Notes and Editorial Reviews
Born in Wyoming in 1912, Jackson Pollock became one of the most notorious artists that America ever produced. He developed a technique in which he would fix his canvas to the floor, drip and splash paint onto it, then use a variety of objects to manipulate the paint. With these innovative paintings, he became the front-runner of the Abstract Expressionist movement.
Though subjected to much abuse and sarcasm as the leader of this fledgling movement, Pollock was supported by progressive critics. By the 1960's, however, he was widely recognized as the central figure in what had become the most important movement of 20th century American painting. Even as his art was gaining popularity and originality, Pollock was experiencing personal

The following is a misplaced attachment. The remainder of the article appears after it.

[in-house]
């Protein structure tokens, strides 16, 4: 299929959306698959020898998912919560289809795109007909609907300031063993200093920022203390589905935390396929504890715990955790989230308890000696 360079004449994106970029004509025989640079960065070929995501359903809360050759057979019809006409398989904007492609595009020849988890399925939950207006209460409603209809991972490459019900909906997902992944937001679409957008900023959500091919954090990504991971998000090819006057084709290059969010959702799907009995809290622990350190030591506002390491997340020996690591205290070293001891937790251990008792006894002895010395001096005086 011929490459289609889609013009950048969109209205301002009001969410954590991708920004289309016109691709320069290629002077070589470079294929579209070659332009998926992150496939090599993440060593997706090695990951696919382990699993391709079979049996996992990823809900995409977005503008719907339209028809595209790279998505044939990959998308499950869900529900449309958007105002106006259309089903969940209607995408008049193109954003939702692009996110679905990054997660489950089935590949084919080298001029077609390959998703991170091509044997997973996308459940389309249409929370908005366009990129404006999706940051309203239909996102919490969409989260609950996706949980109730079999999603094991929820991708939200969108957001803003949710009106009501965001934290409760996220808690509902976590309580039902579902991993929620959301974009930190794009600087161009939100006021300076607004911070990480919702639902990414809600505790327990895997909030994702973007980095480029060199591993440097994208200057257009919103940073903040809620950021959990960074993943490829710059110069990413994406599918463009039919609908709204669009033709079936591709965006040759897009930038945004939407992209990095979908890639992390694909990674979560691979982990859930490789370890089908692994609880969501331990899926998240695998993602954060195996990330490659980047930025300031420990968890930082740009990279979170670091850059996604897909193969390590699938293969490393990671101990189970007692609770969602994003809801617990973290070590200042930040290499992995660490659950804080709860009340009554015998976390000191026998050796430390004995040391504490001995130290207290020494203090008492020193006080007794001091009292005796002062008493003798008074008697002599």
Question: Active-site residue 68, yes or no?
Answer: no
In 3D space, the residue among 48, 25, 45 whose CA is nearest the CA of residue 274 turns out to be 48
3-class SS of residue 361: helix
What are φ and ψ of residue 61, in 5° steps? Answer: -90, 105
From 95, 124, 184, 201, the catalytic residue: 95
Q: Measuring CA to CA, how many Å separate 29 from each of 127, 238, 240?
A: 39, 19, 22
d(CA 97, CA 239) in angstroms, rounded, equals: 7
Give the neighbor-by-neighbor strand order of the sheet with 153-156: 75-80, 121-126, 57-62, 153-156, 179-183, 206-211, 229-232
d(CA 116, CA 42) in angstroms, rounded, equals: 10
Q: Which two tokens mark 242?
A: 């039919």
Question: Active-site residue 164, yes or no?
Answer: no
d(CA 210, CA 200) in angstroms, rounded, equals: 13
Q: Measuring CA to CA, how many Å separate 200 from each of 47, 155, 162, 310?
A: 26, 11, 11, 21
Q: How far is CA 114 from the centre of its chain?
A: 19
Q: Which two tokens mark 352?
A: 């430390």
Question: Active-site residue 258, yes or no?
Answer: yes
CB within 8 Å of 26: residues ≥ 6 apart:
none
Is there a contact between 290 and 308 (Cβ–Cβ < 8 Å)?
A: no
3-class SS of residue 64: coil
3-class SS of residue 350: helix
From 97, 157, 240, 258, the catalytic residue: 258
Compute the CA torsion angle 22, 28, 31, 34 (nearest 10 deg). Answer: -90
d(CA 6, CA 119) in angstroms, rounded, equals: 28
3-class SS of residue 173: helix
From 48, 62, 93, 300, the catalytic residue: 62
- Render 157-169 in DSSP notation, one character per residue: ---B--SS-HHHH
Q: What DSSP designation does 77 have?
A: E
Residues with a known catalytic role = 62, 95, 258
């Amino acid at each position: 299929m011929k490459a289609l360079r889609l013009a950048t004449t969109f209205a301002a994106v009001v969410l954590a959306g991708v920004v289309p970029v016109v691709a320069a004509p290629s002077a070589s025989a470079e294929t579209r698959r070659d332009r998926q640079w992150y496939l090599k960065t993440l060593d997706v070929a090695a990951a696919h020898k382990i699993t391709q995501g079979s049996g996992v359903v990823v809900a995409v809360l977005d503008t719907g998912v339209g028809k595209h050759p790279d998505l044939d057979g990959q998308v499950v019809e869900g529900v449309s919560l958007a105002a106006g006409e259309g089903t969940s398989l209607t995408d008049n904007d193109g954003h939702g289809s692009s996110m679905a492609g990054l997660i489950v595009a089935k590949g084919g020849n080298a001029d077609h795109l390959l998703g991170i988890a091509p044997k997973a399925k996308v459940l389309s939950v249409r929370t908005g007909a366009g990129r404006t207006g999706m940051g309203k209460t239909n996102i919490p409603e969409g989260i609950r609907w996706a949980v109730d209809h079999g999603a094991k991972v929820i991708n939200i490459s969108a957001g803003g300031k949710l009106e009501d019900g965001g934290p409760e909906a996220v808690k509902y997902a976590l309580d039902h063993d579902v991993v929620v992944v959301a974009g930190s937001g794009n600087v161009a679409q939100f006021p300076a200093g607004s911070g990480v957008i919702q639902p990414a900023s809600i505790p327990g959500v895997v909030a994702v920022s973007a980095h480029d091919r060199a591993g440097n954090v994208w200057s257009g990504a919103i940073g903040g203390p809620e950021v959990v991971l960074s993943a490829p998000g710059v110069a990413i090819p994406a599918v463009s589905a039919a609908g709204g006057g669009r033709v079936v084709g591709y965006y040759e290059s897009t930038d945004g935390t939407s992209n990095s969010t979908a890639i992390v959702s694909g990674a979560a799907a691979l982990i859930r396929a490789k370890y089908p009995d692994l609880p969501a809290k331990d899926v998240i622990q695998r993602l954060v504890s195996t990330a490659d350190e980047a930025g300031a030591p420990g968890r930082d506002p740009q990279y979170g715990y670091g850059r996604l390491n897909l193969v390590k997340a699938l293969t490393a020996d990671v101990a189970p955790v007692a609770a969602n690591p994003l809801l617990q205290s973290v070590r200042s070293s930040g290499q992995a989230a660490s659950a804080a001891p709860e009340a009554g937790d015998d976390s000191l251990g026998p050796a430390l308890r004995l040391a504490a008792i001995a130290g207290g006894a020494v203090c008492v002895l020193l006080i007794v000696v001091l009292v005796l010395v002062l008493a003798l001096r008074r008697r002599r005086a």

turmoil and recurring bouts of depression. He was also struggling to control his alcoholism, which would plague him throughout his life.
Pollock's art is intense, thought-provoking, and subject to deeply personal interpretation, which explains why it has remained vital and fresh in spite of changing tastes. Accompanied by spectacular images of his greatest work. Read less
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